There are several upcoming business models in which it is not the designers that are stars, it’s all about machines and new innovations that steal the client’s attention. This shows the level of digital revolution around the world. Designers have to think beyond emerging technologies to enhance the quality of living and culture, adhering to their codes and regulations.
Louis XIV – In the middle of the 17th century, the king of France, Louis XIV, favoured a very grand style of interior. Furniture was heavy and finishings were fussy. Gilding was everywhere – on doors, furniture, mouldings – and yet more decoration was added with boule marquetry on furniture, (using tortoiseshell and brass) and detailed paintings on ceilings.
Bright and loud colours have their place in a modern or contemporary dining area. Remember the dining room is for enjoying good food and conversation and too many loud colours may be a distraction. The colour red is associated with stimulating the appetite, as such strawberry or tomato, therefore these colours will help you, your family and friends enjoy their food!
Victorian design will be hugely looked on as indulging within an excessive amount of ornament. Art Nouveau style, Anglo-Japanese style, aesthetic movement as well as the Arts and Crafts movement all possess their beginnings within the late Victorian period. Interior design and decoration of the Victorian period will be noted for ornamentation and orderliness. Homes from this era were idealistically neatly separated within rooms, with private and public areas carefully divided. The parlor included the more essential room within the home and this room was a homeowner’s showcase, in which all guests were entertained.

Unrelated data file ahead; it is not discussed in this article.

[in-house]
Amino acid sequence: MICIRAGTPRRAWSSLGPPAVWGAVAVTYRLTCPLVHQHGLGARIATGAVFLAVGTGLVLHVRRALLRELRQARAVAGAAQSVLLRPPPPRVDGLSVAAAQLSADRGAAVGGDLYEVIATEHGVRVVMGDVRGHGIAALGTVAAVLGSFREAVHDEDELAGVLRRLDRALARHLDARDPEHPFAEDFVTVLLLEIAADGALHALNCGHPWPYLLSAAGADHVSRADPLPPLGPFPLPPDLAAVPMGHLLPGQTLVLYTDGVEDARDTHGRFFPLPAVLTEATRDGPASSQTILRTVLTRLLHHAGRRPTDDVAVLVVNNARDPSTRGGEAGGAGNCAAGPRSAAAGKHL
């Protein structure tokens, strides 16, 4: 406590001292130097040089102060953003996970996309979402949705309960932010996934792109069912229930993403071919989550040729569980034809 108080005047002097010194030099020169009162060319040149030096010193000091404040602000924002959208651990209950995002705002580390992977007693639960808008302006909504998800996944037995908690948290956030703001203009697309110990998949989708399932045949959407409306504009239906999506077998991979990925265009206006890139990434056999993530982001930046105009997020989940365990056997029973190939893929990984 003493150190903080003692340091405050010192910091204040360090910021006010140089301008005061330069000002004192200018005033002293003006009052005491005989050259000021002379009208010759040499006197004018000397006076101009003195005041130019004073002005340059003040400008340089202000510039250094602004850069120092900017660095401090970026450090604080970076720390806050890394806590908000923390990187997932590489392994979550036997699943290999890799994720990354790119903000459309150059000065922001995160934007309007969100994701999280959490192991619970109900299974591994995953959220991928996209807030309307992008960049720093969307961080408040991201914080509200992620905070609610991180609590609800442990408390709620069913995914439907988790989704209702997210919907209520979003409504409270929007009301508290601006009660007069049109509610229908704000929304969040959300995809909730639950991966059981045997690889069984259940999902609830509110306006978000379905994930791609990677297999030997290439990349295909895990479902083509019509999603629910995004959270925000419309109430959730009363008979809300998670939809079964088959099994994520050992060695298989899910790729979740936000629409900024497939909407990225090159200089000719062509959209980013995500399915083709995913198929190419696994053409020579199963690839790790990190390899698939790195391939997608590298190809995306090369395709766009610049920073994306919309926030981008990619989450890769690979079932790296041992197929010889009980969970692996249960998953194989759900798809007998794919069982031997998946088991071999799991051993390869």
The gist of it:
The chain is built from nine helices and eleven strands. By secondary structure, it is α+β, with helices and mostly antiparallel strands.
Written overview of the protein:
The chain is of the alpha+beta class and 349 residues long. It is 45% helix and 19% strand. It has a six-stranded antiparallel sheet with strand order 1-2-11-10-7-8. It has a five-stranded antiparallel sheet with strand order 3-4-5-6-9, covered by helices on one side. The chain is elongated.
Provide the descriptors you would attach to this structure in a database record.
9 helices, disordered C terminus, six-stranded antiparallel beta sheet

Directoire – The end of the aristocratic regime brought about a departure from any sumptuousness that remained and the period known as the Directoire, when a board of directors ruled France, saw a much simpler and more delicate sense of style. Curvy cabriole legs were replaced by straight, and furniture became angular and severe in shape. Elaborate marquetry was replaced by plain waxed or painted woods and fabrics had simple stripes and delicate florals as decoration, all of which anticipated the Empire style.